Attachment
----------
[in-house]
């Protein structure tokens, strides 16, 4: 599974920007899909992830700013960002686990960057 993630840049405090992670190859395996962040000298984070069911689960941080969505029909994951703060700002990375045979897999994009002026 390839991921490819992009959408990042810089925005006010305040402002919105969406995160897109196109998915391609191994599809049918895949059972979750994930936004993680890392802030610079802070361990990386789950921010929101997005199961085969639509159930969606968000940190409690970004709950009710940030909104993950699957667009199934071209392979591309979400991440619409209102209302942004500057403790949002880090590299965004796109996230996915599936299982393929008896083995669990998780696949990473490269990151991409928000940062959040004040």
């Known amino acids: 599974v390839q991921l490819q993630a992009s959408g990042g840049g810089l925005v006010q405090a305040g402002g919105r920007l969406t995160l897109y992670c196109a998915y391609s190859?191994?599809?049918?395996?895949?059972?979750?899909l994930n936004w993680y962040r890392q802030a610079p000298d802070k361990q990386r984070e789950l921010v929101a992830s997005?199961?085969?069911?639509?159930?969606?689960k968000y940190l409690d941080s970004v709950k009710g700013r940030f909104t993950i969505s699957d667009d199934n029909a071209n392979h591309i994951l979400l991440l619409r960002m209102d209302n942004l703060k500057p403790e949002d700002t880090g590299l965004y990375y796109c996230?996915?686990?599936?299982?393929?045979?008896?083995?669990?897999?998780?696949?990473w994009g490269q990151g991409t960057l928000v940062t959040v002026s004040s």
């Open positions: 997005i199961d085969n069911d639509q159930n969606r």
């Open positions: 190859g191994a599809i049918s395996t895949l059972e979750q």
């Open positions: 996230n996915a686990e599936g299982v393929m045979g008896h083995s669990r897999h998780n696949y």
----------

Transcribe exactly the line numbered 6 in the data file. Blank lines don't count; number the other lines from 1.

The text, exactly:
């Open positions: 996230n996915a686990e599936g299982v393929m045979g008896h083995s669990r897999h998780n696949y």